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Feline Primary Hyperparathyroidism: The Other Thyroid Condition You Should Know About

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Veterinarians frequently diagnose hyperthyroidism, or overactive thyroid gland, in their older feline patients. A less commonly diagnosed endocrine condition involves the parathyroid glands, which neighbor the thyroid gland and play a crucial role in your cat's health. Find out what these glands do, what happens when they malfunction, and what can be done if your cat is diagnosed with feline primary hyperparathyroidism.

Thyroid and Parathyroid Form and Function

Your cat's thyroid gland, which is one gland with two lobes, is located along the sides of your cat's trachea. A pair of smaller parathyroid glands is located at the upper portion of each lobe for a total of four parathyroid glands. Two of these glands are internal parathyroid glands, which are found within the thyroid gland, and the other two are external parathyroid glands, which lie just outside the lobes of the thyroid gland. The thyroid gland is responsible for producing T3 and T4 thyroid hormones to regulate your cat's metabolic function, which affects every organ and system in your cat's body. The parathyroid glands are responsible for producing parathyroid hormone, which is crucial for regulating your cat's blood calcium levels.

Blood Calcium Maintenance and Mayhem

Your cat's normal reference range for blood calcium falls within a narrow window of 8.2 to 10.8 mg/dL. When laboratory screenings reveal a result of 10.5 or greater, a cat is said to have hypercalcemia. Conversely, a result that is too low indicates hypocalcemia. In addition to maintaining strong bones, calcium is essential for blood clotting, muscle contraction, and enzymatic functions. If your cat's calcium level drops, the parathyroid glands respond by releasing parathyroid hormone to prompt the following corrective actions:

  • The kidneys produce more of an enzyme that increases the production of calcitriol, a hormone that enables the intestines to absorb larger amounts of calcium and phosphorus from food.
  • The kidneys also absorb more calcium when they filter waste.
  • The bones release calcium and phosphorus that they are storing into the bloodstream.

Once these actions take place, the parathyroid glands return to normal production levels of parathyroid hormone. However, when a cat has hyperparathyroidism, her parathyroid glands are on overdrive and produce too much parathyroid hormone.

Primary Hyperparathyroidism Source and Symptoms

Primary hyperparathyroidism is most commonly the result of a benign tumor on any one of the parathyroid glands. These benign tumors are called adenomas. On rare occasion, a malignant tumor, called a carcinoma, can be the culprit of primary hyperthyroidism. Enlargement of multiple parathyroid glands, known as parathyroid neoplasia, can also result in the abnormally high production of parathyroid hormone.

The average age for diagnosis of feline primary hyperthyroidism is 13 years. While the signs of hyperthyroidism include an increased appetite and an increase in activity levels, the opposite symptoms for hyperparathyroidism include the following:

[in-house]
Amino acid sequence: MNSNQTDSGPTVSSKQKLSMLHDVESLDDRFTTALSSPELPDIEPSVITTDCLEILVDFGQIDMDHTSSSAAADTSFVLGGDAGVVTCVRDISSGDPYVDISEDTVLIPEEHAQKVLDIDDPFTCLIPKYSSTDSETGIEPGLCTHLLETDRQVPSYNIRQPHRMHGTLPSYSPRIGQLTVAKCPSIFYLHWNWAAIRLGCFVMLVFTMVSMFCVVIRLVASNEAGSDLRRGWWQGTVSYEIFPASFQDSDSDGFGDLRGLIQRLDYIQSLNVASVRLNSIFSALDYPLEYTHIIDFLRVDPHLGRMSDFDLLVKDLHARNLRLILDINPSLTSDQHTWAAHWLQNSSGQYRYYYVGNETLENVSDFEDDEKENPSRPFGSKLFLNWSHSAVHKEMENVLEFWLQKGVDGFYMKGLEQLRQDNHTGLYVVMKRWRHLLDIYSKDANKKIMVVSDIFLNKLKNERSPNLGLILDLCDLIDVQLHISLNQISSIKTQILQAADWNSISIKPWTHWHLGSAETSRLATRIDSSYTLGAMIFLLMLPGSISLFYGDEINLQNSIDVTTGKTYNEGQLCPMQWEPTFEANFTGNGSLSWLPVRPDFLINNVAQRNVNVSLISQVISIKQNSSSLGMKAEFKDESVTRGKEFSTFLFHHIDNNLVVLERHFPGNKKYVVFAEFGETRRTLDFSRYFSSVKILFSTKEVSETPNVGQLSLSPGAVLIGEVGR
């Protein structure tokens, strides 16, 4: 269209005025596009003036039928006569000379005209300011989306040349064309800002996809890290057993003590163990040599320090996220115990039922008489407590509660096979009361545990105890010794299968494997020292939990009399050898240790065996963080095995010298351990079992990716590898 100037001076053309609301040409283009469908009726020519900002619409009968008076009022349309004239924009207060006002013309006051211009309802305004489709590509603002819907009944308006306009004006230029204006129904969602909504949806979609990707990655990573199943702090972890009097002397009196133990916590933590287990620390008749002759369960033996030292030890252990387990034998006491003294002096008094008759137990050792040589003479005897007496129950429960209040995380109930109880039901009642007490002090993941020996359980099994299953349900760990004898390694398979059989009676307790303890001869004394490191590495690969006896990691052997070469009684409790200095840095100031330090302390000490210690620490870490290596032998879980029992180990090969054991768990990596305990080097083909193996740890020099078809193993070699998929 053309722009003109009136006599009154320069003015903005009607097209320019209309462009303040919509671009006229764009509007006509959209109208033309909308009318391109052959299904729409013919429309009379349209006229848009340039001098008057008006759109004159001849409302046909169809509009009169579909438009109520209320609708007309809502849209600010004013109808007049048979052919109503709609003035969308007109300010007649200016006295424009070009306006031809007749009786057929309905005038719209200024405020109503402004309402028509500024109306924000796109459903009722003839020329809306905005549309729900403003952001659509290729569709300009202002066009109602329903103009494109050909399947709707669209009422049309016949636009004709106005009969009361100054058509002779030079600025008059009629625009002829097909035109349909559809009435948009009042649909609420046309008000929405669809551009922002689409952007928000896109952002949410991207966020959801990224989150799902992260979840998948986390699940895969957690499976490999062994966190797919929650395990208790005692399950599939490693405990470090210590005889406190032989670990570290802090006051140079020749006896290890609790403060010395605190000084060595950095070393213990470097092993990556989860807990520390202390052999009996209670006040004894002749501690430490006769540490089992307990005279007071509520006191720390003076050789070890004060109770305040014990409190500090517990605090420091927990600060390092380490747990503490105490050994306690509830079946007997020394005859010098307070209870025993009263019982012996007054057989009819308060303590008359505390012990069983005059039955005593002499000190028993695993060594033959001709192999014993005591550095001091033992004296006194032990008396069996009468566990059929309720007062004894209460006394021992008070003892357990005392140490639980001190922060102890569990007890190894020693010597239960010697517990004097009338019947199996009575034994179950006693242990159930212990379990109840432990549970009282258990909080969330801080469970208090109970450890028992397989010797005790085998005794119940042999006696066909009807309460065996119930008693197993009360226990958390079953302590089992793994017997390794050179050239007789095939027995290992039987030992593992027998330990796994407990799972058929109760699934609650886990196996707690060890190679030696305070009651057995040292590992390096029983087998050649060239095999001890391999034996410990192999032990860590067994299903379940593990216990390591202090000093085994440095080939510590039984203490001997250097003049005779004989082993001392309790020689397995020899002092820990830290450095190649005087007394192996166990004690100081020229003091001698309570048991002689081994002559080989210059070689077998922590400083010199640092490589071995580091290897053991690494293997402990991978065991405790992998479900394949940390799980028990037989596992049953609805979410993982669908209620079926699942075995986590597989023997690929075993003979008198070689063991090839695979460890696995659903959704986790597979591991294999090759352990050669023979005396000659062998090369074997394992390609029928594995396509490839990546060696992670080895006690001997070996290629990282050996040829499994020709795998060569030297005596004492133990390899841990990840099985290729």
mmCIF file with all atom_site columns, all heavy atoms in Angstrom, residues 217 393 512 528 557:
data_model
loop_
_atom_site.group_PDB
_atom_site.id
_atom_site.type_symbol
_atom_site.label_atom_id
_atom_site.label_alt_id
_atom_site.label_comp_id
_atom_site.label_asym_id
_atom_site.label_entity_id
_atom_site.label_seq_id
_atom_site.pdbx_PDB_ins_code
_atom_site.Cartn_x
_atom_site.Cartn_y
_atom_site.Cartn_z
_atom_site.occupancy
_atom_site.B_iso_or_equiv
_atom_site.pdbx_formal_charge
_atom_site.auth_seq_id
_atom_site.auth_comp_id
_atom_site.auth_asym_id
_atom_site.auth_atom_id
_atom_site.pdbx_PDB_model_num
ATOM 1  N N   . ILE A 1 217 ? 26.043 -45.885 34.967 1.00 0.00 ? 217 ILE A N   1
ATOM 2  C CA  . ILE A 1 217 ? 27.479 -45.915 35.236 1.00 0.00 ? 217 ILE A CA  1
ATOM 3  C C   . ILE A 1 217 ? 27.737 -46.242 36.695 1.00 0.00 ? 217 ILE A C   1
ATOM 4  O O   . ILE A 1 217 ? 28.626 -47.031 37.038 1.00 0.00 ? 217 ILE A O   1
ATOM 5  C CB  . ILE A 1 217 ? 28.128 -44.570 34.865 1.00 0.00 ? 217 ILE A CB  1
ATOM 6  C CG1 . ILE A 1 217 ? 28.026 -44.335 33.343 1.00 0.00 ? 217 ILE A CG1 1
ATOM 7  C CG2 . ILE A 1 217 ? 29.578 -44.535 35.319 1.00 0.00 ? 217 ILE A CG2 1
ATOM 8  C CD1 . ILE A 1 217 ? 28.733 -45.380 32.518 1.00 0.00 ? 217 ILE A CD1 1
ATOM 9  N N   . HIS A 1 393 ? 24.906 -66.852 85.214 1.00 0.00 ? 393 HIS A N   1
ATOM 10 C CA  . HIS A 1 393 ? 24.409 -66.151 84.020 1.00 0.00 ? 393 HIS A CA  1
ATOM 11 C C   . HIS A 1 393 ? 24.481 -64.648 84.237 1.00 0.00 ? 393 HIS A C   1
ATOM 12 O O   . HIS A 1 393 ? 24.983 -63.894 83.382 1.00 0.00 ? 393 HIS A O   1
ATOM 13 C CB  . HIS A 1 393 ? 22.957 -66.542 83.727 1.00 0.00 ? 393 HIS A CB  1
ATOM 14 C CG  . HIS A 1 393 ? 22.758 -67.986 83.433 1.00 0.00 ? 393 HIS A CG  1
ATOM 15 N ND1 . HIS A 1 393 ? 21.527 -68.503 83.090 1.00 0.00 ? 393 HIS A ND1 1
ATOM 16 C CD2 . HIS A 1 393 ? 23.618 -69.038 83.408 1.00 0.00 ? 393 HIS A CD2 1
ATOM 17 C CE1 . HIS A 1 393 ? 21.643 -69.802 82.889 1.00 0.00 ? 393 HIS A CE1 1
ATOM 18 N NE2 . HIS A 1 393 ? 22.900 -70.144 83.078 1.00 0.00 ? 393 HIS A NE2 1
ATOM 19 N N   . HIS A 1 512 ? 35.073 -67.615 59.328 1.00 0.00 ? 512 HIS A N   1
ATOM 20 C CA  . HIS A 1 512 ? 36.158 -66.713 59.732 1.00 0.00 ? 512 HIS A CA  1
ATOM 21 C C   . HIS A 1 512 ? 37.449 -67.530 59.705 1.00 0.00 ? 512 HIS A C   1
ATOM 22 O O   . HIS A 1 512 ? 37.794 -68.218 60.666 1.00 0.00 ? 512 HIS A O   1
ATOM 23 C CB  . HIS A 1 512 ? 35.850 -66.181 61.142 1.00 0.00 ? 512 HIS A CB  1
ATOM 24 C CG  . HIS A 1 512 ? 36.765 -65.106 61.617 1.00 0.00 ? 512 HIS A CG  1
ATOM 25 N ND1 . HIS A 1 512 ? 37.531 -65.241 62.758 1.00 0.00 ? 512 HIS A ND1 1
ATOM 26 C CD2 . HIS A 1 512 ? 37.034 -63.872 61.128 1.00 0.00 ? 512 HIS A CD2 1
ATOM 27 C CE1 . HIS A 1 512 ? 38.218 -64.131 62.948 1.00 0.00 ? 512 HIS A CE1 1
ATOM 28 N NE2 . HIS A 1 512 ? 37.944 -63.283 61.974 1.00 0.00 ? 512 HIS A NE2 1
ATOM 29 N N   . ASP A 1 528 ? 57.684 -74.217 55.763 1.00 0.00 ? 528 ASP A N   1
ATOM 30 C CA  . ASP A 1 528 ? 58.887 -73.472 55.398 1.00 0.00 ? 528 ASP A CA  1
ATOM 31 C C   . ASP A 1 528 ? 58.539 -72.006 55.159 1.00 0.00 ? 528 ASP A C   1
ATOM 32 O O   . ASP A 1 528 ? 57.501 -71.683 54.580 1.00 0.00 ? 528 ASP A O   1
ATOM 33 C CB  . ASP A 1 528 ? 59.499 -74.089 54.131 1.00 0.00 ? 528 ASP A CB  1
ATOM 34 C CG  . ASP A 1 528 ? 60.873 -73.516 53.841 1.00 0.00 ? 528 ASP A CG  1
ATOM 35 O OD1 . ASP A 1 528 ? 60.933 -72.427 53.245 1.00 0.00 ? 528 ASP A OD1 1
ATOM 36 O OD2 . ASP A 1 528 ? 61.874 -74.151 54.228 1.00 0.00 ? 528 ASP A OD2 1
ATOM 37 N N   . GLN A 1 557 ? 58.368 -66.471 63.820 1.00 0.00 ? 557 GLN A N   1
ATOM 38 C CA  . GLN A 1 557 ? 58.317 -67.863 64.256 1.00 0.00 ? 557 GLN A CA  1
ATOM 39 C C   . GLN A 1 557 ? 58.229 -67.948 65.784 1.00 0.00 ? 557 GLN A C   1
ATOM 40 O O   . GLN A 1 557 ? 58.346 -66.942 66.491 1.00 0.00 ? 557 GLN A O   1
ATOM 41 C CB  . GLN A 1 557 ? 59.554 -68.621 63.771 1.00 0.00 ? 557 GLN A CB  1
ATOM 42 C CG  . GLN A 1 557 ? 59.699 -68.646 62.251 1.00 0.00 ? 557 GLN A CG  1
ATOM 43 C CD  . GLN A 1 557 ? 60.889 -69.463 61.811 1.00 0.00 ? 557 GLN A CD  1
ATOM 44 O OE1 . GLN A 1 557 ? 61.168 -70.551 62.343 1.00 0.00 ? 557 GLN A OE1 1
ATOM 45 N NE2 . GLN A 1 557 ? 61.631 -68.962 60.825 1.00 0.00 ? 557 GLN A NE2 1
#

• Decrease in appetite
  • Vomiting
  • Lethargy

Cats that have developed calcium oxalate bladder stones as a result of high blood calcium levels may exhibit additional symptoms of straining to urinate, needing to urinate more frequently, inappropriate urination, and blood in the urine. Any of the symptoms of hyperparathyroidism are a red flag that something is amiss with your cat's health, and it needs to be investigated as soon as possible.

Hyperparathyroidism Tests and Treatment

During a physical examination in the animal clinic, your veterinarian will run his or her fingers along the sides of your cat's trachea to detect enlargement of the thyroid and parathyroid glands. The doctor will then order blood tests to evaluate your cat's blood calcium, serum ionized calcium, and parathyroid hormone levels. The normal reference range for a cat's ionized calcium levels is between 1.16 and 1.34 mg/dL, and the normal reference range for a cat's parathyroid hormone is between 0 and 40 mg/dL. If your veterinarian needs more information to make a definitive diagnosis, he or she may wish to perform an ultrasound to visualize your cat's thyroid and parathyroid glands. Once a diagnosis is made, treatment is imperative. The consequences of untreated hyperparathyroidism include damage to the kidneys, intestines, and brain.

The treatment for hyperparathyroidism is a parathyroidectomy, or surgical removal of the affected parathyroid gland. If your veterinarian recommends this procedure, pre-surgical tests and treatments will likely be required before admission into the animal hospital for the operation, particularly if your cat's calcium levels are excessively high. Such elevations can result in cardiac arrhythmias, hypertension and a low heart rate, all of which pose anesthetic complications. Once the surgery has been performed, your cat's blood parathyroid hormone level will drop temporarily, which puts your cat at risk for hypokalemia. Diligent post-surgical monitoring of your cat's calcium level will be critical for a few weeks while the remaining parathyroid glands adjust to produce the optimal amount of parathyroid hormone, and calcium and vitamin D supplementation may need to be administered during this time.

Although a parathyroidectomy is not without risks, your cat's life is in greater peril if hyperparathyroidism is left untreated. Addressing your cat's symptoms as soon as you observe them and working together with a vet, like those at Parkview Animal Hospital, before and after surgery will provide your cat with the best prognosis.